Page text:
Here are a few things we would recommend to look out for in your location.

1. No eye sores- we have heard of investors buying property without even viewing the site - this is obviously a mistake - what if there is a dirty great viaduct in front of it?!

2. Go to the pubs and restaurants during the day and the night and ask the people there - what is it like to live here - ask them about the development you are interested in and if they know anything about them.

3. Go to the schools and ask the parents what it the school is like.

4. Lastly we would recommend you do some research into the area for any investment into the infrastructure. For instance we did some research into Hayes Harlington 
see below 

which is going to be at the inception of the Crossrail 2018 project route - there is also over £450 million being spent on developing the town centre - (the old EMI vinyl factory is being converted into flats, there'll be a new leisure centre and restaurants and coffee shops. 

So a growth story emerging. Getting in early will definitely bring capital growth and increased rental demand.

So those are just some of the things we look for in a property location ; we hope you found this useful.

Until next time


Sunday, 16 June 2013

Are Buy-to-let Seminars a rip off?

We got asked by the Sunday Telegraph editor recently "Are Buy to Let seminars a rip off? and what kind of things can you learn from them?"

The trouble with many property investment seminars is that often, a participant will absorb the material and gain the knowledge, but lack the confidence to follow through. The sales tactics from one such company are also very aggressive - offering a FREE open evening - which is actually an up-sell for a £1000 - £5000 course.

One of our contacts has worked for a company like this - and noticed that candidates would attend a weekend workshop , go on a sourcing mission with a mentor, only to be left to decide about the deal later on after the event; and without confidence this left them feeling isolated and more importantly without a property investment.

We're also aware of another well known company offering ways to buy property with none of your own money - using credit cards and bridging loans! Not something we would recommend to anyone without iron discipline and lots of confidence, especially without a mentor.

Our advice would be to find a good sourcing agent, mortgage broker, lawyer, letting agent and use their combined experience to help you. This will save you the seminar fees and leverage the experts experience.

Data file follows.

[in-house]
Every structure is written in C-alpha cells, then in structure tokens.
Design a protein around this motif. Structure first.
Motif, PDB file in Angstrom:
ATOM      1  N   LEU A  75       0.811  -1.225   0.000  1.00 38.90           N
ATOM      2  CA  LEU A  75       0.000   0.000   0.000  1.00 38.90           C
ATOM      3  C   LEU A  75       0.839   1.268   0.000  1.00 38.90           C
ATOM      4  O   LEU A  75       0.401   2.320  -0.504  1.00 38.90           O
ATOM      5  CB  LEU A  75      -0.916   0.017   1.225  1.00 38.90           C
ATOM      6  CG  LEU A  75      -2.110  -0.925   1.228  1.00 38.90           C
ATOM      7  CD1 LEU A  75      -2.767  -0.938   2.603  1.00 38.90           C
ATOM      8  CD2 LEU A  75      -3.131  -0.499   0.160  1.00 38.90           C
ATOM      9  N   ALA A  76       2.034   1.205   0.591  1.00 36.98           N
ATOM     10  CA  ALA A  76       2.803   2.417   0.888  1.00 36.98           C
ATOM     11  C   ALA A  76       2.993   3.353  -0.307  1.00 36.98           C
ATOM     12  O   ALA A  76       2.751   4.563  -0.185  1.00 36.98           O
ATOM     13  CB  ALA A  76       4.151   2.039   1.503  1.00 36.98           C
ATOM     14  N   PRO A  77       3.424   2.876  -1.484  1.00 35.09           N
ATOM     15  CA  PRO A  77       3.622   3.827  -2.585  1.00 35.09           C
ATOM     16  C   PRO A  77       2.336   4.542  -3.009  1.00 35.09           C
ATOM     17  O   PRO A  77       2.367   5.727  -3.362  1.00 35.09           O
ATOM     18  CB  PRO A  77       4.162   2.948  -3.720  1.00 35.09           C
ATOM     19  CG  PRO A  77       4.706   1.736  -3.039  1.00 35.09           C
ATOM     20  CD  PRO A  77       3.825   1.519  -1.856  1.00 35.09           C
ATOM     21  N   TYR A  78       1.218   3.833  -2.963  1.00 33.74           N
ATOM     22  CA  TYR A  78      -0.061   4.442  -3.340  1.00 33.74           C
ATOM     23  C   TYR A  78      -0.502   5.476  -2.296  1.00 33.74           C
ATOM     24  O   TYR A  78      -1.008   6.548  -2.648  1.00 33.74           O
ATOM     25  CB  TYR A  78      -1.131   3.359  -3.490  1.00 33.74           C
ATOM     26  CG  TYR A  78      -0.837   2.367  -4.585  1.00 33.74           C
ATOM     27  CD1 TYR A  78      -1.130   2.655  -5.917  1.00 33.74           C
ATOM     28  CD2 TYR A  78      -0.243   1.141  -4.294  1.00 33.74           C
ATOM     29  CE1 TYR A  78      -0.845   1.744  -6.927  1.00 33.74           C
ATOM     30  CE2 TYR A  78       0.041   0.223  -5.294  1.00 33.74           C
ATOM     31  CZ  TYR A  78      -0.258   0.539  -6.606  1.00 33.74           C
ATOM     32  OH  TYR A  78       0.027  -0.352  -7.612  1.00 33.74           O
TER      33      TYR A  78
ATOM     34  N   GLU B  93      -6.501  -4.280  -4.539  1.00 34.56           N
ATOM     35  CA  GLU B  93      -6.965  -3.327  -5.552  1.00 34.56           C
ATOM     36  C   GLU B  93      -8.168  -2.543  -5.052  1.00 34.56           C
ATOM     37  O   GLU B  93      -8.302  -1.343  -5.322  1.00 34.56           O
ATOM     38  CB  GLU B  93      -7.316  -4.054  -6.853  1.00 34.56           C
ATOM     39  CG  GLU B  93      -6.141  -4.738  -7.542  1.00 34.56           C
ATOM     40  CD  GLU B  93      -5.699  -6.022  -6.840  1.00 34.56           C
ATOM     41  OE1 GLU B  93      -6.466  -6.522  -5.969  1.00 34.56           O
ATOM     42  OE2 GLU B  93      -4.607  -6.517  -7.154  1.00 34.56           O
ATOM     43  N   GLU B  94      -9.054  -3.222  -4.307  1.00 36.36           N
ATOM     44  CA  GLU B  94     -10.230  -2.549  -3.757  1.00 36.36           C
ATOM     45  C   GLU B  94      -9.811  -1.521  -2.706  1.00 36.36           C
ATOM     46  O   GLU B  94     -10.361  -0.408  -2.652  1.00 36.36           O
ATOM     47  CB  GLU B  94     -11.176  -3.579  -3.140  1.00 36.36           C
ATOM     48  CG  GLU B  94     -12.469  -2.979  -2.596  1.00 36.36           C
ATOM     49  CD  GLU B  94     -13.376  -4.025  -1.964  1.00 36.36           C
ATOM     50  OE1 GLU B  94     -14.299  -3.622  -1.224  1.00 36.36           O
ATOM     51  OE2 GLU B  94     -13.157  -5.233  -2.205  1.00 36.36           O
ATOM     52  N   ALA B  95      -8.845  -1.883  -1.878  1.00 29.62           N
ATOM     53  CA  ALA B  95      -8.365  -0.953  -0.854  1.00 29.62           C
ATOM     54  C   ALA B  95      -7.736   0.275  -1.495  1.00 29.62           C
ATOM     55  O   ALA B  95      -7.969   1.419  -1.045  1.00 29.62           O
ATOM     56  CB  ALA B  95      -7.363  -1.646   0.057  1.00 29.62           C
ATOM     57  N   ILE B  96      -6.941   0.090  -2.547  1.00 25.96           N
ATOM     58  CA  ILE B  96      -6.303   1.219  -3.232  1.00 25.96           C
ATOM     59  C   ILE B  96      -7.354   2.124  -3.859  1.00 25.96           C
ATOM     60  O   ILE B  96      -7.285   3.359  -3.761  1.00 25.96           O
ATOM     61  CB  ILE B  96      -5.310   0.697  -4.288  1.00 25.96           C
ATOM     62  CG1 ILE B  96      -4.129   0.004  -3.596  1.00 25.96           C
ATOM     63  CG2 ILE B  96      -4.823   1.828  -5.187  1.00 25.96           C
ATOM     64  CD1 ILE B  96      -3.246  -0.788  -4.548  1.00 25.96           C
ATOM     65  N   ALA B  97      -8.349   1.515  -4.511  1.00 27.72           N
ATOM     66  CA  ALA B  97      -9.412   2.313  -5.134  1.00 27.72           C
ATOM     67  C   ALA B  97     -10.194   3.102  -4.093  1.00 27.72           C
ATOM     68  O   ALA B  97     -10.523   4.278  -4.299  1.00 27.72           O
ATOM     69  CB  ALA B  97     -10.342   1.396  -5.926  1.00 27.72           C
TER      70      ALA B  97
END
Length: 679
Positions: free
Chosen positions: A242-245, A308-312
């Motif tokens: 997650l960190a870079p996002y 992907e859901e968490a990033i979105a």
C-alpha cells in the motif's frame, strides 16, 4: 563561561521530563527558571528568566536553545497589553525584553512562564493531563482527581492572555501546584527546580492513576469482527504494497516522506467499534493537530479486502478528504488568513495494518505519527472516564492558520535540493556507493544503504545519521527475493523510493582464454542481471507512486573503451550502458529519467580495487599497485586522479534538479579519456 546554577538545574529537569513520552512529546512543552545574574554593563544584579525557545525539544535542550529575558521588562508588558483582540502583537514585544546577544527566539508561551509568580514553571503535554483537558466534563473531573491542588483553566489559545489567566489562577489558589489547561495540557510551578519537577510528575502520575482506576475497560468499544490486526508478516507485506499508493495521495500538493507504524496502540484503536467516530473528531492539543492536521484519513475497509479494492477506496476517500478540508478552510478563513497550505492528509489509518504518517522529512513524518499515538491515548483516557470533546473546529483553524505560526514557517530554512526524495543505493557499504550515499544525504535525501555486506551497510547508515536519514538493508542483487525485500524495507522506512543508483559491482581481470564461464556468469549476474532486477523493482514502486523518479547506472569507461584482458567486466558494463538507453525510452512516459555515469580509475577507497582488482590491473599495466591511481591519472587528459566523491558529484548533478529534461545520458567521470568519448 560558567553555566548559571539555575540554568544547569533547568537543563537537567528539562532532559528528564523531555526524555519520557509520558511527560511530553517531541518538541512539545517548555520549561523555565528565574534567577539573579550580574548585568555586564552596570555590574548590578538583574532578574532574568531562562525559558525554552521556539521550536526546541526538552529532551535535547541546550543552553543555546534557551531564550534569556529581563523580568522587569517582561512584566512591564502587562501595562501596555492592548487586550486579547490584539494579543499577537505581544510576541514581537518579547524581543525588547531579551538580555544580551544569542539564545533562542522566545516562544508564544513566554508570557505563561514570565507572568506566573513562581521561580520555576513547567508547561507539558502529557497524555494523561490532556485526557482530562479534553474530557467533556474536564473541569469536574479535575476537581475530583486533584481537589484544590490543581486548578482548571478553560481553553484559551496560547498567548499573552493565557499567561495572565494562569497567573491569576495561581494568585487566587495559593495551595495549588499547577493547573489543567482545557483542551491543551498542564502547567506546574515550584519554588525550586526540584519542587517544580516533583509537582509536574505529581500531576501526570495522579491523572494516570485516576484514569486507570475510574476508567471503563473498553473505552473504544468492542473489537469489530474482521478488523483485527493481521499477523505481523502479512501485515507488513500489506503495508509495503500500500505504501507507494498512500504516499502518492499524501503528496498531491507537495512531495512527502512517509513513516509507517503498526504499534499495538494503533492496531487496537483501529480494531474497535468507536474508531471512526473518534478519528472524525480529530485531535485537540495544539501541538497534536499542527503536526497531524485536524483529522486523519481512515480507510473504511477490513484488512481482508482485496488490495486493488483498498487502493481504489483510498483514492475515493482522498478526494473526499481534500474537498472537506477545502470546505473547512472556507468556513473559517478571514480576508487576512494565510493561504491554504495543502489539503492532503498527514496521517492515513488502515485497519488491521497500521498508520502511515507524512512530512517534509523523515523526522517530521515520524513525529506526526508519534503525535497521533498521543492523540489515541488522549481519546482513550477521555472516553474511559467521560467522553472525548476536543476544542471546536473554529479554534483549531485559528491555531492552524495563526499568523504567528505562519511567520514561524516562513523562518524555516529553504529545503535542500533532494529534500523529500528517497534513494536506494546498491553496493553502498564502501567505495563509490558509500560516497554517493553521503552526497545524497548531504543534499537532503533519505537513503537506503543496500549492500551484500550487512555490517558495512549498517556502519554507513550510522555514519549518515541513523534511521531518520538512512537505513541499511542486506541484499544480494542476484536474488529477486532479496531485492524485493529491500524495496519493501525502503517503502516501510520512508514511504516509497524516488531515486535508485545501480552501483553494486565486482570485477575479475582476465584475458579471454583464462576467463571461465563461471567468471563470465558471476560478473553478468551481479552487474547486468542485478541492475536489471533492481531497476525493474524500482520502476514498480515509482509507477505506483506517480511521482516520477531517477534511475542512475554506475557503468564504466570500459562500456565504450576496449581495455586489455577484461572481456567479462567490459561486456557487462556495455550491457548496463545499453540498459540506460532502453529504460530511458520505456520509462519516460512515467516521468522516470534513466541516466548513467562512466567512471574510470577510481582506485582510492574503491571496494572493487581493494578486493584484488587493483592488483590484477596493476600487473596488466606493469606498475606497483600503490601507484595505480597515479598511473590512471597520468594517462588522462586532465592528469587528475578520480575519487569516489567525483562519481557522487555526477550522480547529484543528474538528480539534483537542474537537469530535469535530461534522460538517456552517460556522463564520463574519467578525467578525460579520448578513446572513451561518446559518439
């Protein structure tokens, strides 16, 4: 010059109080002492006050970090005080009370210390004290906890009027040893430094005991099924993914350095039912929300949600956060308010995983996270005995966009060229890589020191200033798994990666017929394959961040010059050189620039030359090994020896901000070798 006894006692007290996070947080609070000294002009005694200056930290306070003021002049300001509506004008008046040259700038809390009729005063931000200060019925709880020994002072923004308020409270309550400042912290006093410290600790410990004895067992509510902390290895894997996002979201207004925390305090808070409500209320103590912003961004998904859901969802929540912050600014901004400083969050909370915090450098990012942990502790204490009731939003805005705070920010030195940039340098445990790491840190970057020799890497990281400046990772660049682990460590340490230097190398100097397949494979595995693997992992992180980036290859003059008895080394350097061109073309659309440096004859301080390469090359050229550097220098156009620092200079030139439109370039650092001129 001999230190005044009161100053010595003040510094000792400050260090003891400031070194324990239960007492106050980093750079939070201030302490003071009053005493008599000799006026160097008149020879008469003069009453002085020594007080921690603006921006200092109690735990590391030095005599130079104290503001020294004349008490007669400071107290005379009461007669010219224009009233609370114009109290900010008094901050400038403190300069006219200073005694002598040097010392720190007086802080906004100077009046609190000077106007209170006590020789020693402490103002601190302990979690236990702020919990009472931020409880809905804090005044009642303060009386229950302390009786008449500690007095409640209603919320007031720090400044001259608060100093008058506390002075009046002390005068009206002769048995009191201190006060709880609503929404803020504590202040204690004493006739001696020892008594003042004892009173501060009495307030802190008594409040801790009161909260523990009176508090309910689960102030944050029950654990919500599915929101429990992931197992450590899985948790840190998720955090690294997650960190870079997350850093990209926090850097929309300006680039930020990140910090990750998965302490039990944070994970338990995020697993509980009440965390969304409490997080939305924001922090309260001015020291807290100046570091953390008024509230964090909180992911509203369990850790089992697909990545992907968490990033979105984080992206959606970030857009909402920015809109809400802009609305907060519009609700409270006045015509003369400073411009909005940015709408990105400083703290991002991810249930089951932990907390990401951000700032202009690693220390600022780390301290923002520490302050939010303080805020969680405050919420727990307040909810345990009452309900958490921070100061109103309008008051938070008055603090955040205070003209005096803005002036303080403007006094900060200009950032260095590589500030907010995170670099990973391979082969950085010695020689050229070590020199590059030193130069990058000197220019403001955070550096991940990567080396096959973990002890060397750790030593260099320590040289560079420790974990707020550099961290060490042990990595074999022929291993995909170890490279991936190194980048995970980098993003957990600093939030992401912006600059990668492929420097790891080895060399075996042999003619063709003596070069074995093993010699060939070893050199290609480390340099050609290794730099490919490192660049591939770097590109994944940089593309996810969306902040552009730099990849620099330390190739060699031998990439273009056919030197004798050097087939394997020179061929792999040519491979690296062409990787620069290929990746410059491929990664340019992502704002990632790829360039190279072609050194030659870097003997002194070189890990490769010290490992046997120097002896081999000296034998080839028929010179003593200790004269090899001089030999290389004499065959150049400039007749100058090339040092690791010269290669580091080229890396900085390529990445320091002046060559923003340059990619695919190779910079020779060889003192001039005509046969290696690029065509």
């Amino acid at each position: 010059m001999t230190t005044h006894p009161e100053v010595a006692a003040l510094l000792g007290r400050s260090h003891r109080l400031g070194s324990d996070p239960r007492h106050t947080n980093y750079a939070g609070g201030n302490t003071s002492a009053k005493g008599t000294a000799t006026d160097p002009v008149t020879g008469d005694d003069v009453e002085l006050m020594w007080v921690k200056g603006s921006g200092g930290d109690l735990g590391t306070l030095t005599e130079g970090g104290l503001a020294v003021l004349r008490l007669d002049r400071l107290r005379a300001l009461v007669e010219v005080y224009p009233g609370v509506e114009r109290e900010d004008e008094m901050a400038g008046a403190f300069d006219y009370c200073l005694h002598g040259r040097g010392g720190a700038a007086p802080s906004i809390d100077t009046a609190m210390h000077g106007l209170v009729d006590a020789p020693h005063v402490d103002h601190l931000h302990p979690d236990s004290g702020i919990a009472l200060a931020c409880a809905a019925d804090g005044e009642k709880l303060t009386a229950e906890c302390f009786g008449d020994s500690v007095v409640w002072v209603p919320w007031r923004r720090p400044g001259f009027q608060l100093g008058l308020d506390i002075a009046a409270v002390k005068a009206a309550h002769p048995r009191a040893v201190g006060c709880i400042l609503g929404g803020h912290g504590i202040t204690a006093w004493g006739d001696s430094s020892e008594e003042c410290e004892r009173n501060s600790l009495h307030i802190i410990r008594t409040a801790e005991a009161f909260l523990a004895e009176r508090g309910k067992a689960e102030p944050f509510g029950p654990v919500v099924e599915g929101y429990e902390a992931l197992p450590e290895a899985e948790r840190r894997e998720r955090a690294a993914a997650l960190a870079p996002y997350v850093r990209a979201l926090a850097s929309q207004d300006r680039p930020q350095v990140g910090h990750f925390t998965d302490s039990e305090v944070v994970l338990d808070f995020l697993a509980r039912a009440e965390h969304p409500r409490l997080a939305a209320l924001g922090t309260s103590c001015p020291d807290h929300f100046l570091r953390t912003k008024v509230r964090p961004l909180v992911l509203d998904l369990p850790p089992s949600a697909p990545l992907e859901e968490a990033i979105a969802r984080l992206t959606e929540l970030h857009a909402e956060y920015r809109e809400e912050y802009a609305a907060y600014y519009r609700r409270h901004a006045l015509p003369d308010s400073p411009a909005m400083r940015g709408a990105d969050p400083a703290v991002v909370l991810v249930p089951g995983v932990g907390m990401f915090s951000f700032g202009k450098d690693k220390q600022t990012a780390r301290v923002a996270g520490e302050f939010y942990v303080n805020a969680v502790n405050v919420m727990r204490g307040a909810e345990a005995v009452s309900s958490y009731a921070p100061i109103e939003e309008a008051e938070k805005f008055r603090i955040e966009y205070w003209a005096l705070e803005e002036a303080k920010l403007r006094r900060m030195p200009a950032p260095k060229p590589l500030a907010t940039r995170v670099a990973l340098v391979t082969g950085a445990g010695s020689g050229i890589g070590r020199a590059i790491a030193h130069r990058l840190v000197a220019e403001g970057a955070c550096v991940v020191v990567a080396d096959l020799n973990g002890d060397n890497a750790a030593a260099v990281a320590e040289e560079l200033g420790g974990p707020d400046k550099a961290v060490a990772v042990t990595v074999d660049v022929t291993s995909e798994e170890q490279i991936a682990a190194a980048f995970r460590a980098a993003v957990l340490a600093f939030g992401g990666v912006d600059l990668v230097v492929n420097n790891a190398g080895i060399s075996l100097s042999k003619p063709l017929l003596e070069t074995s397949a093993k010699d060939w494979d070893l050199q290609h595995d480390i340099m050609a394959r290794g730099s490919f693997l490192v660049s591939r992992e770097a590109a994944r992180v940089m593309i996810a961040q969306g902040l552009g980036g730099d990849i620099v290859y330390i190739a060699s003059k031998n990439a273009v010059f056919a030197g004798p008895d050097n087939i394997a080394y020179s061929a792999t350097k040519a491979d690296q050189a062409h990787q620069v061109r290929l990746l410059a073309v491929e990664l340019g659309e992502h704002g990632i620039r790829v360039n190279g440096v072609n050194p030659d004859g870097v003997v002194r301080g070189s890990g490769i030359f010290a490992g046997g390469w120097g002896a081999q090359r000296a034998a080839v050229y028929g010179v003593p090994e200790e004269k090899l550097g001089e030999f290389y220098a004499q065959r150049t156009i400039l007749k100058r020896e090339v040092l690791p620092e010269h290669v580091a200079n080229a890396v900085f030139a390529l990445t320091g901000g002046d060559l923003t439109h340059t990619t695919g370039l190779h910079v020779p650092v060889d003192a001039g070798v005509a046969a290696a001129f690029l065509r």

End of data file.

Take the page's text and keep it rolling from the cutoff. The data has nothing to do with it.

My last blog "6 mistakes made by property investors and how to avoid them" explained how easy it is to make mistakes without knowledge, experience and confidence so its worth gather some of all 3 with the help of those around you. 

We offer Free Property Schools giving away our secrets without expecting to be paid for it and have all the experts under one roof so investors can decide whether they want to go it alone with the knowledge or come and work with us.

Until next time - wishing you every success


Sunday, 9 June 2013

Top 6 mistakes made by property investors and how to avoid them

I'd like to pay tribute to Kirsty Dunphey whose very articulate blog titled 

"Six mistakes to avoid making when buying investment property"

outlines the following mistakes investors make and I'd like to respond to the Midas Estates methodology on exactly how to address those common mistakes.

1. Borrowing an amount that's going to stress you financially to repay.
We always make recommendations where the rental income is at least 125% of the borrowing and all our investors have a financial buffer ( a nest egg) of at least £3k per property to cover all eventualities like:

a. mortgage rate increases
b. repairs
c. need to drop the rents in the event of increased competition
d. a void in the rents

2. Not having appropriate insurance
Our clients always have landlords insurance which automatically pays the rent if the tenant becomes unemployed , redundant or a delinquent rent payer and covers up to £50,000 legal cover just in case a section 8 eviction order is to be served. We also offer an emergency policy for all those call-outs to cover damage repair for things like leaks and burns.

3. Having a property manager who doesn't wait for the right tenants
Our lettings team always carry out 3 types of referencing on the tenants for our landlords - credit reference, landlord reference and employers reference which means we always get better tenants - if any of these checks does not come back positively then they are rejected.

4. Worse still – managing the property yourself
At Midas we have a dedicated manager who acts as a broker between the landlord and multiple agents in all locations to secure the same level of service UK wide. This reduces the risk, increases the income and ensures the landlord gets the same experience no matter where their properties are.